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Running multiple OpenVPN instances (multi port)

Introduction

In this tutorial, we are going to make OpenVPN run several configuration files which may be used to run multi-protocol (TCP and UDP at the same time) or several ports.

We are assuming that you have root permission, otherwise, you may start commands with “sudo”.

Prerequisites

For this tutorial, you need a working OpenVPN server, If you don’t check out our OpenVPN configuration articles.

Configure OpenVPN on CentOS server

Configure OpenVPN on Debian and Ubuntu server

These instructions are working on CentOS 7, Debian 8 and Ubuntu 16.

Create a new Config file

You should create a second config file just like your primary one. Make sure that you change the port and IP range.

First, you need to make a copy of your config file:

cd /etc/openvpn/

cp server.conf server2.conf

Then you have to open your new config file with a text editor to edit the lines that refer to Port, Protocol stack and IP:

nano server2.conf

Edit the following lines and change the red parts to your preferred values:


port 100

proto tcp

server 10.1.2.0 255.255.255.0

Save and exit

Firewall Configuration

For packet forwarding, you need to add a rule for the new IP range in you firewall. In this section, we assume thatyou know what firewall you are using.

For IPtables

You need to add a packet forwarding rule for the IP range that you had set in your second configuration file, you can do this with the command below, (be sure that you replace the red parts with your preferred values)

iptables -t nat -A POSTROUTING -s 10.1.2.0/24 -o ens3 -j MASQUERADE

For UFW

First you have to allow your new port through UFW with the command below:

ufw allow 100/tcp

Then you have to open your “before.rules” files and edit the lines that you added for your first configuration:

nano /etc/ufw/before.rules

You have something like below in your file:


# START OPENVPN RULES
# NAT table rules
*nat
:POSTROUTING ACCEPT [0:0]
# Allow traffic from OpenVPN client to eth0
-A POSTROUTING -s 10.1.1.0/24 -o eth0 -j MASQUERADE
COMMIT
# END OPENVPN RULES

you have to copy the red line and paste it in next line, be sure that you replace the IP and Subnetmask to your server2.conf information:

you have to have something like below:


# START OPENVPN RULES
# NAT table rules
*nat
:POSTROUTING ACCEPT [0:0]
# Allow traffic from OpenVPN client to eth0
-A POSTROUTING -s 10.1.1.0/24 -o eth0 -j MASQUERADE
-A POSTROUTING -s 10.1.2.0/24 -o eth0 -j MASQUERADE
COMMIT
# END OPENVPN RULES

Now you can control your OpenVPN instances separately with the commands below.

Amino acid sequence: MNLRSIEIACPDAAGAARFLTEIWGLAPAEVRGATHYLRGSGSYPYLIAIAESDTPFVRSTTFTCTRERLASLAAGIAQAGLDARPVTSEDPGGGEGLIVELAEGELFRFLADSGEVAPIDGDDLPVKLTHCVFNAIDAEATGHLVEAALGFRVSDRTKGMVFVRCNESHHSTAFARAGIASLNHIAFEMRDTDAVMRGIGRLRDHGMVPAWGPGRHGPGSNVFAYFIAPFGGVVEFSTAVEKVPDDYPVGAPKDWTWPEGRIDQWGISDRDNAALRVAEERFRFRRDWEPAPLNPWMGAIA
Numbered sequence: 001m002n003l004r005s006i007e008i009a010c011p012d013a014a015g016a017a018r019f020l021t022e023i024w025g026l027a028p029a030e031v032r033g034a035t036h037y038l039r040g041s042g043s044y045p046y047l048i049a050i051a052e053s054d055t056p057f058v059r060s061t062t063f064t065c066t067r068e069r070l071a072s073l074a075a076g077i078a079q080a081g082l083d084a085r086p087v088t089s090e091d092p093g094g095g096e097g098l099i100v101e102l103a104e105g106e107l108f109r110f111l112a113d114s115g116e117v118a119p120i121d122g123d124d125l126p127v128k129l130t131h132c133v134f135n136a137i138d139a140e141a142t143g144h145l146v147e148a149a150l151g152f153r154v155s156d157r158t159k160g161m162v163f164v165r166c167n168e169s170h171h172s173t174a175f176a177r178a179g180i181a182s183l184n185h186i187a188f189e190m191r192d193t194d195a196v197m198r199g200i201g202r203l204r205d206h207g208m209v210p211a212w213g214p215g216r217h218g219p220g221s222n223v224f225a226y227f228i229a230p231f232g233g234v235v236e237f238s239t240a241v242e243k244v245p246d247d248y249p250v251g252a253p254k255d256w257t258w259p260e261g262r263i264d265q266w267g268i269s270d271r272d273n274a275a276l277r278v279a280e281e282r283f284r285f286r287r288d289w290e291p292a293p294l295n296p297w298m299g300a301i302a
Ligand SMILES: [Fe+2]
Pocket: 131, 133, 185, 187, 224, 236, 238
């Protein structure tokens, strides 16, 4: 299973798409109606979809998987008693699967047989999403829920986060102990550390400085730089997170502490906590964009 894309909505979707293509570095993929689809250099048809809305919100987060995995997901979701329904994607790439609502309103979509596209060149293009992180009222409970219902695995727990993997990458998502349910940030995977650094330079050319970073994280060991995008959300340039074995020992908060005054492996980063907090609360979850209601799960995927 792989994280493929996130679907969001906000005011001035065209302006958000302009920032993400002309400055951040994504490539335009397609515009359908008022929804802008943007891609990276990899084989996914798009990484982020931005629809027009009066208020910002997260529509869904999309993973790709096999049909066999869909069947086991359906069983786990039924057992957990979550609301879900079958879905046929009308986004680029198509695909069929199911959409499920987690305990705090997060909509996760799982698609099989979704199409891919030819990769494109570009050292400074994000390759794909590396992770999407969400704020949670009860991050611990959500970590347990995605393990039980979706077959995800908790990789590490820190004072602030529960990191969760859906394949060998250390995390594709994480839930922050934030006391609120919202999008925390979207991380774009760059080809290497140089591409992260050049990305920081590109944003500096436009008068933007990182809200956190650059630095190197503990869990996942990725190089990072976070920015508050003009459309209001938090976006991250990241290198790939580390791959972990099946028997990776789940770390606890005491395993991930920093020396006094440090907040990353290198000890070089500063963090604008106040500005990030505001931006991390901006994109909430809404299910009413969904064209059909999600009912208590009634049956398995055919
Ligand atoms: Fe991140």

For start services:

systemctl start openvpn@server2.service

systemctl start openvpn@server.service

For checking status:

systemctl status openvpn@server2.service

systemctl status openvpn@server.service

For stopping:

systemctl stop openvpn@server2.service

systemctl stop openvpn@server.service

NOTE:

If your distro doesn’t have “Systemctl” you may use commands like below to start your OpenVPN with your second configuration as a daemon:

/usr/sbin/openvpn --daemon --writepid /var/run/openvpn/server2.pid --cd /etc/openvpn --config server2.conf --script-security 2

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2 thoughts on “Running multiple OpenVPN instances (multi port)”

  1. Hi Amir,
    0 down vote favorite

    I need a vpn solution with openvpn server as below:
    Suppose there are 5 employees in my team as named A,B,C,D,E etc.. And I’ve a openvpn server with 5 public IPs e.g. 103.255.98.1, 2, 3, 4, 5 etc. Now suppose I’ve make 5-users on server as A, B, C, D, E etc using useradd command and set password accordingly. Now my requirement is when emp A connect to server using A username and password then I’ll provide him a static IP like 103.255.98.1 and when emp B connect to server using B username and password then he will receive different IP.

    Is any possibility of such type of binding user-name with IPs on openvpn server ?
    Openvpn OS – Centos6.5

    1. Hello,

      Yes. It’s possible. You need to set client config directory on your OpenVPN config file like below
      client-config-dir /etc/openvpn/client-config

      file : /etc/openvpn/client-config/employee1
      ifconfig-push 103.255.98.5 103.255.98.1

      Also, you’d need to reserve IPs. you need to set “ifconfig-pool-persist ipp.txt” on your Openvpn config file.
      on ipp.txt :
      employee1,103.255.98.5

      Finally, you’d need to restart your openvpn service.

      Thank you.

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